I think this is a bigger loss to the neighborhood than the also-imminent closing of AV Ristorante--of the stygian gloom and mediocre 1950s-style Eyetalian food. The Warehouse had a sweet funky feel and was one of the few places in DC that didn't feel somehow, well, "processed". (The old, and long-gone, DC Space was another.)

What chaps me about it is that the DC government agency--Office of Tax and Revenue--that is destroying a genuine neighborhood cultural treasure is the same agency that can't manage to properly classify--let alone collect taxes on--the thousands of vacant, derelict properties that litter this city. So it will now create another empty store front across from the underused Convention Center that will languish for who knows how long until it's replaced with another soulless office building with a "historic" façade. Maybe if we're real lucky, we'll get a Potbelly's or Hooters to lure the convention crowd.

Shame on the District government and shame on the Council for their failure to find a way to protect legitimate small businesses from punitive taxation, while giving the slumlords a free pass!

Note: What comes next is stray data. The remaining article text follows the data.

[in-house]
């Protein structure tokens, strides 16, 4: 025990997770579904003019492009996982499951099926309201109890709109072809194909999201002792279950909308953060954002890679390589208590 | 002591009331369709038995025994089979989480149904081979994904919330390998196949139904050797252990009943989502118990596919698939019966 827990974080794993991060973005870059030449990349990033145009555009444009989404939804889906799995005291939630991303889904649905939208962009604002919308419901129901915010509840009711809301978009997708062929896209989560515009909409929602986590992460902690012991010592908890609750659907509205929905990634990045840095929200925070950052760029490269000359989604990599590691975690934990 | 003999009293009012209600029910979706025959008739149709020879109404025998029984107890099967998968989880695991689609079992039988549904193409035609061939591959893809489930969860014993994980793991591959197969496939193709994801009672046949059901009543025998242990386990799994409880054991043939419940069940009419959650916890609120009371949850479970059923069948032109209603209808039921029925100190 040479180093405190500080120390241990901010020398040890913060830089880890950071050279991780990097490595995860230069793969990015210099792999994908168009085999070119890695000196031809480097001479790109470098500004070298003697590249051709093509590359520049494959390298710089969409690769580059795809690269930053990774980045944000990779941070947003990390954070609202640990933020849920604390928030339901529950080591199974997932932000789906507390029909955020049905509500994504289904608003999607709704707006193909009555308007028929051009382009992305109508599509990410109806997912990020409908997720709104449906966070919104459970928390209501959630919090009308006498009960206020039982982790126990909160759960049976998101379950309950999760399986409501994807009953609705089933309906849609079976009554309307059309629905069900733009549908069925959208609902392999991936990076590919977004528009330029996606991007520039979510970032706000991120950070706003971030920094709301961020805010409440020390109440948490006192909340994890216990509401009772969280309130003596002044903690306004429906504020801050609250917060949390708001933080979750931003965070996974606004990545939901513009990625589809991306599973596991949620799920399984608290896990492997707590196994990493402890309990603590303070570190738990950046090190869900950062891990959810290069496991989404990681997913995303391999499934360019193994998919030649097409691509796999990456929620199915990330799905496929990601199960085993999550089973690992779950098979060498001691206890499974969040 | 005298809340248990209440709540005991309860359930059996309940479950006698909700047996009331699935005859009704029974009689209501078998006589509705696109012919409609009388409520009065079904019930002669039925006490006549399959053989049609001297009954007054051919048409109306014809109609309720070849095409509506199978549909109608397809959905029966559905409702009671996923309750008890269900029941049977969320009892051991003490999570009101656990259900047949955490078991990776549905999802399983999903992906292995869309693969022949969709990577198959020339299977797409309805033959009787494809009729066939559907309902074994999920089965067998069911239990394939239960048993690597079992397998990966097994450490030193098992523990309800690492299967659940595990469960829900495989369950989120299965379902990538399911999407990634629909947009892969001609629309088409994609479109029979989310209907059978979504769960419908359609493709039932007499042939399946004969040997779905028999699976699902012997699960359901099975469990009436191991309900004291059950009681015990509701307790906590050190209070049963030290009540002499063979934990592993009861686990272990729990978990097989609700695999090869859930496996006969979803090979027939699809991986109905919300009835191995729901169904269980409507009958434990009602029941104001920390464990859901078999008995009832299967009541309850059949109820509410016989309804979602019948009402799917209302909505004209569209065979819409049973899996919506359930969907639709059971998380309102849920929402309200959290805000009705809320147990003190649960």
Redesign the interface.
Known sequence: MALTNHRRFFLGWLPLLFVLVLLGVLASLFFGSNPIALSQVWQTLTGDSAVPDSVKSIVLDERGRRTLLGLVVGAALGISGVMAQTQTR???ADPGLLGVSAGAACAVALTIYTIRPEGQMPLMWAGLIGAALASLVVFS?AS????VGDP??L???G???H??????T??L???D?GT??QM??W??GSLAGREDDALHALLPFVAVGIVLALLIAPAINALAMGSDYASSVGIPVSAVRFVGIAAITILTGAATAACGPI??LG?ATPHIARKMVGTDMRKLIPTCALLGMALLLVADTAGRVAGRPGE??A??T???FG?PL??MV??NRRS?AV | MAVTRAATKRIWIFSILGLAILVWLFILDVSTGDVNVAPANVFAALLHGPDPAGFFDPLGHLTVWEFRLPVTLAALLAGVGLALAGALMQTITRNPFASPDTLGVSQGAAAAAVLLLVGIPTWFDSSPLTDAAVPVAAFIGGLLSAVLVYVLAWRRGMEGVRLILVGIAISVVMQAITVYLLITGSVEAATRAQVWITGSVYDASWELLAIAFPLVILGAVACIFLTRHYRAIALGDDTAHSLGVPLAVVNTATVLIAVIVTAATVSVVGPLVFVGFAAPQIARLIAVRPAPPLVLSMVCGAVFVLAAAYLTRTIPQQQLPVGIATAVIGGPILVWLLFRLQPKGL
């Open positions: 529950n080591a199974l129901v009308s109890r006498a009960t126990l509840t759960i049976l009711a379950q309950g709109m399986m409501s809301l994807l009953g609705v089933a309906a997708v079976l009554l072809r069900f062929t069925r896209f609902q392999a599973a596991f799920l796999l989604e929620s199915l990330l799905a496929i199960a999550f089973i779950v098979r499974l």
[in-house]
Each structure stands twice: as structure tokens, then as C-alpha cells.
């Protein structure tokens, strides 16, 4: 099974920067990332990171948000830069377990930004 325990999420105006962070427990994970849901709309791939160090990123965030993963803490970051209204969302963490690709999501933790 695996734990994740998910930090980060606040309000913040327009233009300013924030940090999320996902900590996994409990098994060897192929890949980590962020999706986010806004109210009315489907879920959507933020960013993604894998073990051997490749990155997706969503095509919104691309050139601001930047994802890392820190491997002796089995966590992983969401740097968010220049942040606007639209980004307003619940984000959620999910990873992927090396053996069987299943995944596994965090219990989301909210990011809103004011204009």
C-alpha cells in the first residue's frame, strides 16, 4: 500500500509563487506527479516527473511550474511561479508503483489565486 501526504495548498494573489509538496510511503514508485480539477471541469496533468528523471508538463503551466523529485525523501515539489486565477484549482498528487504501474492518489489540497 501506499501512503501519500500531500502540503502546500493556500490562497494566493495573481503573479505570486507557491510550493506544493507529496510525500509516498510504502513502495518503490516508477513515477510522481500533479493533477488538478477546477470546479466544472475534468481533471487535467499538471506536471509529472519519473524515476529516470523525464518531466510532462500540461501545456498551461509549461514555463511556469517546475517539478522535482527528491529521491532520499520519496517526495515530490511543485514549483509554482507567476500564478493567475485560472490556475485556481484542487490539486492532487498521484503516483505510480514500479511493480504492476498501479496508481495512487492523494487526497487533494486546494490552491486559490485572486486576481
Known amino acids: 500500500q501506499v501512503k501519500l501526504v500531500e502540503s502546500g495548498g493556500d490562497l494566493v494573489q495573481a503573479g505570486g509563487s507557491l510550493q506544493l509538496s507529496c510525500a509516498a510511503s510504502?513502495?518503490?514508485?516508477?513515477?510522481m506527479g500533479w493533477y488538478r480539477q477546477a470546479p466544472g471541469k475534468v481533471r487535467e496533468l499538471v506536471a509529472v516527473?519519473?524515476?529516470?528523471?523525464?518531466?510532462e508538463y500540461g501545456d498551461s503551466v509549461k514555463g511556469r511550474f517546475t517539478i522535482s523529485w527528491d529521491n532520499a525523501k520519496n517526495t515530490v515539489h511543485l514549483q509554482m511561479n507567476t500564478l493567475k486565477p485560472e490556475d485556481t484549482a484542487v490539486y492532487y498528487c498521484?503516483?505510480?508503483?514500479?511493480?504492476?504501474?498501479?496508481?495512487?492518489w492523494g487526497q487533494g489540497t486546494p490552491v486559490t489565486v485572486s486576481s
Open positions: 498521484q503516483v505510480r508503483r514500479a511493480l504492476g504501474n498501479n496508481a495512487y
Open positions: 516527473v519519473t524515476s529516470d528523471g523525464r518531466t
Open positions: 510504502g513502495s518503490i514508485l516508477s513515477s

No Joy Ride

My partner was walking the dogs yesterday evening and saw a commotion in the alley between O and P next to Bundy Park. A car was overturned in the alley and had landed on its roof. The photo shows the scene this morning, with two garage doors bashed in.

According to a neighbor who lives on the block, two teenage kids stole a car from a gas station in NE. Somehow, they picked this alley to go down and evidently deliberately started running the car into the garage doors. Somehow they managed to flip the car over--it's hard to imagine just how.

So now these neighbors are stuck with the damage (not to mention the car owner). Apparently the car insurance on the stolen car will not pay for the damage because it was being driven by an "unauthorized driver." Huh?!

Don't know if the kids got caught, but wonder if anything would happen to them even if they were.

Tuesday, July 10, 2007